Thursday, May 16, 2013

Iron Maiden - Piece of Mind

Today (May 16th) marks the thirtieth anniversary of the release of Piece of Mind, the fourth studio album from British metal band Iron Maiden. The multi-Platinum release went to number 14 on the US Billboard Hot 200, number 10 in Austria and Canada, number 9 in Norway, number 8 in Germany, number 6 in Sweden, number 3 in the UK and number 2 in Finland.

There was a slight change of the group’s line-up with this album; Nicko McBrain (formerly of the French band Trust) became the band’s new and permanent drummer. He joined Bruce Dickinson (lead vocals), Steve Harris (bass and backing vocals), Dave Murray (guitar) and Adrian Smith (guitar and backing vocals).

Side one opens with the driving tempo of “Where Eagles Dare”. It is full of the fury and thunder of warfare, complete with blazing gunfire sound effects on the bridge. The title comes from a 1968 film of the same name about World War II and starring Richard Burton and Clint Eastwood.

On “Revelations”, I like the musical transitions from the heavier rocking sections to the lighter, almost acoustic parts. It makes for an interesting listening experience.

“Flight of Icarus”, the first single, went to number 19 in Finland, number 14 in Ireland, number 11 in the UK and number 8 on the US Mainstream Rock chart. Of course, this song is influenced by Greek mythology where Daedalus and his son Icarus used fashioned wings to fly; however, the boy flew too close to the son, the wax that held the wings together melted, and he plunged to his death.

“Die With Your Boots On” features strong, dueling guitars throughout. The lyrics contain a motivational message in that you have to give everything your all, even if you end up failing to complete the task.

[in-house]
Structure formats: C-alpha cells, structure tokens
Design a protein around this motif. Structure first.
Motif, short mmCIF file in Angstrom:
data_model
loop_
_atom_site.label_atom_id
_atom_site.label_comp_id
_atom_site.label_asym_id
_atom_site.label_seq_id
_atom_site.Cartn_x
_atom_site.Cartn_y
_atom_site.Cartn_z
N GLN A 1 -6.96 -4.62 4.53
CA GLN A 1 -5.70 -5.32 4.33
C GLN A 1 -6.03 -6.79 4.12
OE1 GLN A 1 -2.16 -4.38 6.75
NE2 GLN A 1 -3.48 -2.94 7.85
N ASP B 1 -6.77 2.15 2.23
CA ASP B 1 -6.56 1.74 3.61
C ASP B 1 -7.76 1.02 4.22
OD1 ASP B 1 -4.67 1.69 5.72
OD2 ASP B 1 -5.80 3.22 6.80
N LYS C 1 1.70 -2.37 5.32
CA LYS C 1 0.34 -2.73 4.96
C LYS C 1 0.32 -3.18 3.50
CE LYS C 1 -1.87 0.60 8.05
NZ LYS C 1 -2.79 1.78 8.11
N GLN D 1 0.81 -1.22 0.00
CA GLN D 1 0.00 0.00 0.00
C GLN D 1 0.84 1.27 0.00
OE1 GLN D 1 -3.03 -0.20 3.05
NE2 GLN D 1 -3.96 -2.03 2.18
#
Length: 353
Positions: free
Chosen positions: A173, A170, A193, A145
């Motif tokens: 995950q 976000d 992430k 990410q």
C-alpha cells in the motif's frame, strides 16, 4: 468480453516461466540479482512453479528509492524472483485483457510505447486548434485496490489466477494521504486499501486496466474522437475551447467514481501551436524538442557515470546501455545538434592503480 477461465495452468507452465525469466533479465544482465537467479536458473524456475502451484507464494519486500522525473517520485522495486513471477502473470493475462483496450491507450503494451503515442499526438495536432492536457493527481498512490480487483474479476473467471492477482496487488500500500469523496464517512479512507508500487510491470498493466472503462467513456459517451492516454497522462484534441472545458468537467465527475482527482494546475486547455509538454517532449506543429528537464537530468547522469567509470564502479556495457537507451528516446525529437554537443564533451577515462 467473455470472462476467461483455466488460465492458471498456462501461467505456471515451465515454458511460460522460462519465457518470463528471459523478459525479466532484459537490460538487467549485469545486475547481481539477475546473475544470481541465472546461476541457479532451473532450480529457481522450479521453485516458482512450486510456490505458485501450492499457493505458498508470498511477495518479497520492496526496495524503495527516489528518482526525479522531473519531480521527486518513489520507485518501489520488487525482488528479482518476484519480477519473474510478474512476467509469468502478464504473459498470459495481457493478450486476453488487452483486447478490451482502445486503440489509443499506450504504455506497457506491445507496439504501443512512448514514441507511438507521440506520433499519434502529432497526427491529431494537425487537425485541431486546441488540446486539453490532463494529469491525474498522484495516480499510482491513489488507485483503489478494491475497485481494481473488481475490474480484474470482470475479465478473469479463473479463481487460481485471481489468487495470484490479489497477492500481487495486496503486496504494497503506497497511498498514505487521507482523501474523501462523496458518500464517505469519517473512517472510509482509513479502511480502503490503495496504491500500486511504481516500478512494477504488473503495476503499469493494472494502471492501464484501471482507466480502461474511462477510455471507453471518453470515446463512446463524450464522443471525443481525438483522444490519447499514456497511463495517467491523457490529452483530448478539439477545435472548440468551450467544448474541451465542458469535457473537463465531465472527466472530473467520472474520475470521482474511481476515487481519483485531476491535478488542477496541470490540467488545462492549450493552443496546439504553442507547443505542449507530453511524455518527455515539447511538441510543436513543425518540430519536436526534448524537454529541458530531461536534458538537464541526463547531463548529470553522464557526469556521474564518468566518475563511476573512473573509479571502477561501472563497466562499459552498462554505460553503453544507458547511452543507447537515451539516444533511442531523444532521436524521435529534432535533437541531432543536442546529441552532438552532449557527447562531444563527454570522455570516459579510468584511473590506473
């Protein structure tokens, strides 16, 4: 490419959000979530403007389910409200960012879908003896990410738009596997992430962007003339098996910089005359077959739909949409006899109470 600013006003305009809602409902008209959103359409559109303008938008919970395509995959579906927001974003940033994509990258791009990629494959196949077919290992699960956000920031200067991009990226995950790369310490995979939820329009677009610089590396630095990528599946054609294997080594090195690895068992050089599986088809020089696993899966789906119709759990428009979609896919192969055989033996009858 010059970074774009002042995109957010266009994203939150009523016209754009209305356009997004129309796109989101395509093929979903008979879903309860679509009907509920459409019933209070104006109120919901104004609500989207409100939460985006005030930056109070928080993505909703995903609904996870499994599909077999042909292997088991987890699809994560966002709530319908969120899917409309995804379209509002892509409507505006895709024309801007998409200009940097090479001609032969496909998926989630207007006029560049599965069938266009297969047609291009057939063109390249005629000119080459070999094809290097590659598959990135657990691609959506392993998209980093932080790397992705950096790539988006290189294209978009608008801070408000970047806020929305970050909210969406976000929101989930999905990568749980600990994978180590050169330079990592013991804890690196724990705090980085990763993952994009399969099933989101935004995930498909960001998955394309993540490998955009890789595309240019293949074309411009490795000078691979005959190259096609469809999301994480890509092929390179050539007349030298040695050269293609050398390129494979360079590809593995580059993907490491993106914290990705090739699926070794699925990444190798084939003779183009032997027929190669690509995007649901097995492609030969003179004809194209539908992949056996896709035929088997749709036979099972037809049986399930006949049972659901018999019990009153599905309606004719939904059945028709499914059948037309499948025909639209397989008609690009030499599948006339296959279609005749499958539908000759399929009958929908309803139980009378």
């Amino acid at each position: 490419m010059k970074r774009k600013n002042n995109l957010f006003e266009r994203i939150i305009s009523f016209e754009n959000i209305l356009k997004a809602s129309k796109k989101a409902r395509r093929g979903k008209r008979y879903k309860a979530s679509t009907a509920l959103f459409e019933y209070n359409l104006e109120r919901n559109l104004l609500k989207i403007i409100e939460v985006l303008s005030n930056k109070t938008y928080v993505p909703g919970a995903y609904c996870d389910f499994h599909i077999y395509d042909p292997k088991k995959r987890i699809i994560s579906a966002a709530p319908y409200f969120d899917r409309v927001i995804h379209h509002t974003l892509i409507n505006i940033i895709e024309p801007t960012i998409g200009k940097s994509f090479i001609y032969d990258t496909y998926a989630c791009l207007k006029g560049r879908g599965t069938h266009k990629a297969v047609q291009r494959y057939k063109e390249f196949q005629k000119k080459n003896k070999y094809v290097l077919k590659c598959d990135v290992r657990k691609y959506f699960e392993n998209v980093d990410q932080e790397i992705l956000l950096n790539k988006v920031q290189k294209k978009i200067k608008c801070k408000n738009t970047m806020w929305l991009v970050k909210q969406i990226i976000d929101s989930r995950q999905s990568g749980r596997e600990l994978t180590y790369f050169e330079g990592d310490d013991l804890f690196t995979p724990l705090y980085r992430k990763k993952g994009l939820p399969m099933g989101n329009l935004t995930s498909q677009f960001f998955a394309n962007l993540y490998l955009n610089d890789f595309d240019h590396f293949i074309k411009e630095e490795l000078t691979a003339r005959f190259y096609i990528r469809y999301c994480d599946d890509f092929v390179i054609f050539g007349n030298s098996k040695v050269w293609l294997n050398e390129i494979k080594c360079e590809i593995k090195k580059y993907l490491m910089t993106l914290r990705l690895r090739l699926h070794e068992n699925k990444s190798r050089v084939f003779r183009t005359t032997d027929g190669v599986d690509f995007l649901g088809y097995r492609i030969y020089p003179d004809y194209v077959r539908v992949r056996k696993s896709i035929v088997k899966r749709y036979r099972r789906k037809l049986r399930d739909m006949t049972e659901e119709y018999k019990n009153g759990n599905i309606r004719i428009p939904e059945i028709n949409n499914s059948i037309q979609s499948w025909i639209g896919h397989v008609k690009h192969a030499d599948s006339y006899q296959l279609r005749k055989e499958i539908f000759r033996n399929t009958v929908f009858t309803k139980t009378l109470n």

Side two starts with “The Trooper”, a song inspired by Alfred Lord Tennyson‘s narrative poem Charge of the Light Brigade. As the second single, it went to number 18 in Finland and on the US Mainstream Rock chart, number 12 in Ireland and the UK, and number 5 in Canada, Sweden and Switzerland.

“Still Life” includes a bit of backward masking as a joke to critics who constantly accused the band of being Satanic devil worshippers.

“Quest for Fire” was inspired by the 1911 Belgian novel by J.-H. Rosny which was adapted as a film in 1981 by French filmmakers Jean-Jacques Annaud and Gerard Brach; the latter starred Ron Perlman and Rae Dawn Chong. I recall seeing Quest for Fire on HBO around this time. The song really sums up that struggle of early humanity very well.

“Sun and Steel” tells of a man who grew up in a world of violence and death, trained at a young age to be a killer.

“To Tame a Land” was inspired by Frank Herbert’s sci-fi classic Dune. In fact, the band wanted to call it “Dune” but Herbert rejected their request. The song is epic, clocking in at nearly seven and a half minutes. That leaves plenty of room for some amazing instrumental solos.

As I noted in my review of Iron Maiden’s 1982 album Number of the Beast (click here if you missed that one), my exposure to this band mostly came from my best friend in high school and tracks that played on the local album-oriented rock station. My own personal music library is lacking in this area, and that is a huge oversight on my part. Every now and then you want to just crank some music that sounds great at that volume, and this album by Iron Maiden certainly fits that bill. The best part, for me, is it has some fantastic melodies vocally and the lyrics are intelligent and thought-provoking. That is a double-win in my book.

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